Surrounding the tube 33 within the housing 19 at circumferentially spaced-apart intervals are eight electrically conductive sleeves 36 through 43. Just the two sleeves 36 and 40 are visible and identified in FIG. 2, while all of the sleeves 3643 are visible and identified in FIG. 5. The sleeves 3643 hold spring-biasing components in the form of eight electrically conductive springs 44 through 51 that function as means for spring biasing the blades 2229 distally, toward the DUT terminal 14. Just the two springs 44 and 48 are visible and identified in FIG. 2, while all the springs 4451 are visible and identified in FIG. 6.

Eight electrically conductive terminals 52 through 59 combine with the sleeves 3643, the springs 4451, and eight electrically conductive push rods 60 through 67 to couple electrical signals to the blades 2229. Just the two terminals 52 and 56 and the two push rods 60 and 64 are visible and identified in FIG. 2, while all the terminals 5259 and all the push rods 6067 are visible and identified in FIG. 6. An electrically non-conductive upper alignment block 68 and an electrically non-conductive lower alignment block 69 (FIGS. 2 and 6) help secure the other components in proper alignment within the housing 19.

As an idea of size, the illustrated contactor assembly 10 is about eight centimeters in overall length and the quick release sleeve 30 part of it is about two centimeters in diameter. Of course, the size may vary considerably depending on the precise application. Based upon the foregoing and subsequent descriptions, one of ordinary skill in the art can readily implement the invention in any of various sizes and shapes for any of various operations.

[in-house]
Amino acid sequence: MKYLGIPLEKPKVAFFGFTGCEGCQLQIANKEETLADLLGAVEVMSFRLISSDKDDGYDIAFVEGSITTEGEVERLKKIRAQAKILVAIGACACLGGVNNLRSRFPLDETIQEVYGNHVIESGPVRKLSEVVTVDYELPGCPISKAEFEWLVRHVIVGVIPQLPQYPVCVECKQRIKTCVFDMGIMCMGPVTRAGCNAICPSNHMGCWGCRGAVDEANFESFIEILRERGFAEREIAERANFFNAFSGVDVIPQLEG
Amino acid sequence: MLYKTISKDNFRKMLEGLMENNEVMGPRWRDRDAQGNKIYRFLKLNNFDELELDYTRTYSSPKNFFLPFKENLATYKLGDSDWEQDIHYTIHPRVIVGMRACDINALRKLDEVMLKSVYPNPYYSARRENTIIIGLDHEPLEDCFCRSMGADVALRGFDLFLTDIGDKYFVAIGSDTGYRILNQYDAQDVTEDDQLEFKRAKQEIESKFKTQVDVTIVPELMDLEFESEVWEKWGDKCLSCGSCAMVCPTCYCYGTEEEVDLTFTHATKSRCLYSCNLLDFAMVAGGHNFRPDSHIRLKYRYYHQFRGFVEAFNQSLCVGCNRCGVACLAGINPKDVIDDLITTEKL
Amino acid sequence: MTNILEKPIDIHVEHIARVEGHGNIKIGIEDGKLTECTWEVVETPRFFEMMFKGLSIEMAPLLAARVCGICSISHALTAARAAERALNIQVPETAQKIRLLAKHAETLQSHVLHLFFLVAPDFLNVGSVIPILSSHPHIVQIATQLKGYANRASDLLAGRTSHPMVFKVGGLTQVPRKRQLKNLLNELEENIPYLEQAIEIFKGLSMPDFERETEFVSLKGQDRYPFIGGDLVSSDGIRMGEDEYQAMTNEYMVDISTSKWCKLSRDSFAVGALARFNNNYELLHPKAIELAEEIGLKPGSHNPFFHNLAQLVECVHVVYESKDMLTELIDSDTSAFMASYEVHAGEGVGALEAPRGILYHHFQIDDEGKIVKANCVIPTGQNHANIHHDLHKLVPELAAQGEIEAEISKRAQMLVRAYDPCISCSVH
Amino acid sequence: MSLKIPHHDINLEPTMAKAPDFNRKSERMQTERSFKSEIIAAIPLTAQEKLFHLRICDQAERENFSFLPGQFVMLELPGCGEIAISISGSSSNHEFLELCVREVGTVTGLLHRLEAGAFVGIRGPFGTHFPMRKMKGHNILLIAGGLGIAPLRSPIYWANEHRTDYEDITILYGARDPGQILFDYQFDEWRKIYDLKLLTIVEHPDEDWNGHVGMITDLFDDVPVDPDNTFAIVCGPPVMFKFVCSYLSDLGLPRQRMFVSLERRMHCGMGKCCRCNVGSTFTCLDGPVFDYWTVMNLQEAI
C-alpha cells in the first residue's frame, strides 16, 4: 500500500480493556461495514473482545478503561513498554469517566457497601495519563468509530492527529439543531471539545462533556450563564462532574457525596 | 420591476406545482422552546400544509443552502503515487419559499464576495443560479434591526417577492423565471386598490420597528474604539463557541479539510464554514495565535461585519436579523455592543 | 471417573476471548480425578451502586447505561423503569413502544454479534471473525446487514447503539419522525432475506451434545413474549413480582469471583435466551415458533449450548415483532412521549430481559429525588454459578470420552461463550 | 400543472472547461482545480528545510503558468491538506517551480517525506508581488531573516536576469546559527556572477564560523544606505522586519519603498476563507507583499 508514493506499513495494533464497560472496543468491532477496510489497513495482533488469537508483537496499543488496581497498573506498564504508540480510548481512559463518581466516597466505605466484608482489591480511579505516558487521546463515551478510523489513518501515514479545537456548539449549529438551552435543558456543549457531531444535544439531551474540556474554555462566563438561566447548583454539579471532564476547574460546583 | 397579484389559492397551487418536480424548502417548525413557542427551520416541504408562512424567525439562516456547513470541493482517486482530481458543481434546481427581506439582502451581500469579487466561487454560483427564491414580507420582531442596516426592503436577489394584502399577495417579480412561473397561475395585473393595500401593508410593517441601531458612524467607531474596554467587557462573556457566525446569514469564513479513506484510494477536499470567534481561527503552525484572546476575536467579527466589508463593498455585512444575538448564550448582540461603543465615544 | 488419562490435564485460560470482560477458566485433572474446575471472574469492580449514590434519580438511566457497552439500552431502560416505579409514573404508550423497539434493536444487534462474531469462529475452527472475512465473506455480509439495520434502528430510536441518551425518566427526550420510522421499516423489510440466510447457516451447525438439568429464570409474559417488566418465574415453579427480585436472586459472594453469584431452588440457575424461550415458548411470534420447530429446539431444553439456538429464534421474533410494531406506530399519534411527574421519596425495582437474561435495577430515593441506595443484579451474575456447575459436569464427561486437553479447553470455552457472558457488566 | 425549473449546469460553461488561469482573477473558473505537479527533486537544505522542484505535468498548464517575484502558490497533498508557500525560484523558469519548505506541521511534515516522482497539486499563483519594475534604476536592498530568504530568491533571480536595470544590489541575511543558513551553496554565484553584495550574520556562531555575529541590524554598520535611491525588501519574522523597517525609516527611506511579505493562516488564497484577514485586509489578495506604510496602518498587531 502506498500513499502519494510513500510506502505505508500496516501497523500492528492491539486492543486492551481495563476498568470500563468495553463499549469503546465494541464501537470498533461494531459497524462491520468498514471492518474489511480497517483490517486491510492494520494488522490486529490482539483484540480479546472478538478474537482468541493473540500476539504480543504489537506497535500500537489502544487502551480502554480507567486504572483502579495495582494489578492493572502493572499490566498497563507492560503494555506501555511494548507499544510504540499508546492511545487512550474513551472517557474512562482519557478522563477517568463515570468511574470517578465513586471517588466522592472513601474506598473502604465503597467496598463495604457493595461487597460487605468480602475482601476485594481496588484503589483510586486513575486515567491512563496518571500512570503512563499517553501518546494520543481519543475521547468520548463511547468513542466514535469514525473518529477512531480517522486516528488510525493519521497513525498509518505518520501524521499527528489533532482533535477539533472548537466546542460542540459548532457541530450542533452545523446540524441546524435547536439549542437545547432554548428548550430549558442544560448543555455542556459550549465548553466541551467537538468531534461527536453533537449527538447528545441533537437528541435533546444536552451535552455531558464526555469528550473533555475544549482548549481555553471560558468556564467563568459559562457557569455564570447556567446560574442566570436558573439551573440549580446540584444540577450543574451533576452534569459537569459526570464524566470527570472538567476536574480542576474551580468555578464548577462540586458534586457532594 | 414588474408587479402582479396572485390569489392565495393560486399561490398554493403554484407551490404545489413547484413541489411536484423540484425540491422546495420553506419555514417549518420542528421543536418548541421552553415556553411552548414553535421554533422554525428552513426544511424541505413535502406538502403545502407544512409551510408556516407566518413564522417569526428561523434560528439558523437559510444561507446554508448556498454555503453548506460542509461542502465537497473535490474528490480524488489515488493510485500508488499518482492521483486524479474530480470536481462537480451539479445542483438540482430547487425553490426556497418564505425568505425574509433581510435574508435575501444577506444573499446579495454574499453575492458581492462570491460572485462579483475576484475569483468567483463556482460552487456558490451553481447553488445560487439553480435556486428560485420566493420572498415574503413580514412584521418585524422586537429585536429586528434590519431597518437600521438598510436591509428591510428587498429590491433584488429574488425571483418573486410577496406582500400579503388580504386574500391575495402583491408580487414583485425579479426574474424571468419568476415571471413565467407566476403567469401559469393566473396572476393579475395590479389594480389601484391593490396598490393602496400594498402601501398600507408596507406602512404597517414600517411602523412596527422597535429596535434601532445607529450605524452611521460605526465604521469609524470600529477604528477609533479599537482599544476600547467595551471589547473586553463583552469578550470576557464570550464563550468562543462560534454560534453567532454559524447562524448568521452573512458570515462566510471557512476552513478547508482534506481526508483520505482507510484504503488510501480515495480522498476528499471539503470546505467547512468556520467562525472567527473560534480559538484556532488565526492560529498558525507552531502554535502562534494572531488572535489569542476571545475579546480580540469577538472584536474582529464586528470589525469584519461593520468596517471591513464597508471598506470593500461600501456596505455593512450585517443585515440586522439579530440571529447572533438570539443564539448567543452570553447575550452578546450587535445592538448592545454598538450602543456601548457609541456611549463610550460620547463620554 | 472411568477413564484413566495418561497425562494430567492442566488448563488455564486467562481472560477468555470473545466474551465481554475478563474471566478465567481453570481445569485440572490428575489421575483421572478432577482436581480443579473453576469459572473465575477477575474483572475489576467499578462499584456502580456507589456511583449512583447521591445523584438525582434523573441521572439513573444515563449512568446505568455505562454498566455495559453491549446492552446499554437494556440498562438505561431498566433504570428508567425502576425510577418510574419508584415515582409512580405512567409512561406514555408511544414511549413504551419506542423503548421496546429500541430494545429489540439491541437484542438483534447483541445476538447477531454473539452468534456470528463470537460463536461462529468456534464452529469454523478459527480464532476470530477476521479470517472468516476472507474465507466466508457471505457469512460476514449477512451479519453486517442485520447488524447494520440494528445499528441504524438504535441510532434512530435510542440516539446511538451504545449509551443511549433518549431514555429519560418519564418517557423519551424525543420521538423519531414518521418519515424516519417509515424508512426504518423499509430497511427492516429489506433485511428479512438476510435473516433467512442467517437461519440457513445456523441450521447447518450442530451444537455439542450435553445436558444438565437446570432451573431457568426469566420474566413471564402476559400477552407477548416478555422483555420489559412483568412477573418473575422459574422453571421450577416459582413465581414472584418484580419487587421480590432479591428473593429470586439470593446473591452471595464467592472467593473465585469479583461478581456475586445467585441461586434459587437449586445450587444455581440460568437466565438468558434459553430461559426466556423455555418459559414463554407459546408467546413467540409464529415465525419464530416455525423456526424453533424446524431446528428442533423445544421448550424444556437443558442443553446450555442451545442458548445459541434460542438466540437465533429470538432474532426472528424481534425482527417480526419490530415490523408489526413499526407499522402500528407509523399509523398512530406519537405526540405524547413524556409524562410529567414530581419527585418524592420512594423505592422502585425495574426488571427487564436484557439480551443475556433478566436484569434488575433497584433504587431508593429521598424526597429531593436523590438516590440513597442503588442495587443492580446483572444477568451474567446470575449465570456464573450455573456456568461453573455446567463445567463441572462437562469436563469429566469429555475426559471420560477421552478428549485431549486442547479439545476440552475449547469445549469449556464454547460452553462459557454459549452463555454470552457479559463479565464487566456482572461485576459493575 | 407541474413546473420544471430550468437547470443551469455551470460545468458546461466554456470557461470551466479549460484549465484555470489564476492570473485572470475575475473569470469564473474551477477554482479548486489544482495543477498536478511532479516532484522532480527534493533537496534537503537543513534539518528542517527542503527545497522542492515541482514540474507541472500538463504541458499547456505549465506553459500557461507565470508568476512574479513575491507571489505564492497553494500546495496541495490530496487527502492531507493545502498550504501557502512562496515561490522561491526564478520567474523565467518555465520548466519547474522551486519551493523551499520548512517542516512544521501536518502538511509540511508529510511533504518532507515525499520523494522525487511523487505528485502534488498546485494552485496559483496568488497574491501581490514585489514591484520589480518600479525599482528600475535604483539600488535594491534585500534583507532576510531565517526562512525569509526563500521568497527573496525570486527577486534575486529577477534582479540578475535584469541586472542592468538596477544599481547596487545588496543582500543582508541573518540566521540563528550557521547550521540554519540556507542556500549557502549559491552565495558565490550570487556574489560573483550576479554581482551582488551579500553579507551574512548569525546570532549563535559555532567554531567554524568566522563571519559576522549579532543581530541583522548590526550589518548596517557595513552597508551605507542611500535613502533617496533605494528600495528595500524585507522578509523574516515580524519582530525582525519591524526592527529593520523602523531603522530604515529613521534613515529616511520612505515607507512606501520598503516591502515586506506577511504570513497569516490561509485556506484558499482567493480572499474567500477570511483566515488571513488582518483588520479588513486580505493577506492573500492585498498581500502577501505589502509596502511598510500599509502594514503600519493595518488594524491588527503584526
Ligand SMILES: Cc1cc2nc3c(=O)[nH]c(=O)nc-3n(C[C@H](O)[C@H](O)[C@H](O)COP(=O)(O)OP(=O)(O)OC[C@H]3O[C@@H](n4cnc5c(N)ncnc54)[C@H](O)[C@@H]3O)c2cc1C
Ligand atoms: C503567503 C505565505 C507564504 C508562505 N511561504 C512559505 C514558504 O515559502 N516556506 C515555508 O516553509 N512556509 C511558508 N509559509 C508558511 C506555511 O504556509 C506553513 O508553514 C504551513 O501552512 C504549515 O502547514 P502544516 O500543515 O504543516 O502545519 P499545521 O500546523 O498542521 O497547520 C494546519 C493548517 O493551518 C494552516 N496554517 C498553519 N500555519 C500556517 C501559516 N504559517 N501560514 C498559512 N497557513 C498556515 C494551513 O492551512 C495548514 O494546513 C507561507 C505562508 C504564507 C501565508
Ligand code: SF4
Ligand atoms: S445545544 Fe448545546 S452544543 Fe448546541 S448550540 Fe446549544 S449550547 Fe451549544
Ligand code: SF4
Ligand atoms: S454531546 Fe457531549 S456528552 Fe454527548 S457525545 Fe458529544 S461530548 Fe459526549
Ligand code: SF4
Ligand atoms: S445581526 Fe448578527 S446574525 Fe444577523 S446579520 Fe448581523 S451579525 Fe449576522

FIG. 8 illustrates another embodiment of a tip assembly 70 constructed according to the invention. The tip assembly 70 is generally similar to the tip assembly 17. It is illustrated with two blades 71 and 72. The major difference is that the blades 71 and 72 are diverging. In other words, the blades 2229 of the tip assembly 17 are so shaped and positioned in the tip assembly 17 that the distal ends of the blades 2229 (e.g., distal ends 22A and 26A in FIG. 2) converge toward the central axis 32 (i.e., they are closely spaced to each other so that they are in close proximity to the central axis). The blades 71 and 72, however, are so shaped and positioned in the tip assembly 70 that the distal ends 71A and 72A of the blades 71 and 72 diverge from the central axis 74 in FIG. 8 (they are spread apart from each other so that they are spaced apart from the central axis). The ability to use different blade sizes and shapes by exchanging tips significantly increases contactor functionality.

FIGS. 9–14 illustrate the contactor assembly 10 in various systems for performing desired operations via the contactor assembly 10. Although the various systems are illustrated using the contactor assembly 10, the techniques disclosed apply to any contactor assembly, whether sliding-type, roller-type, pogo-type, or otherwise. Also, while the contactor assembly 10 has a central tube 33, the techniques disclosed apply equally well to other types of multi-point contactors with different design features (e.g., a passageway in the form of a simple aperture which is not necessarily located in a central position).

A more general way to view the use of the central tube 33 described previously is to view it as “vision operations,” which may be through an optical fiber or directly through the tube 33, with or without a lens. Another operation is illustrated by the system 100 in FIG. 9. It includes a fiber optics interface 101 and a laser operations control system 102 that combine with the contactor assembly 10 to perform laser operations through an optical fiber in the tube 33. An example of its use is to contact a DUT and then use a laser beam through the central tube 33 to trim the value of the DUT (i.e., laser machining so to speak).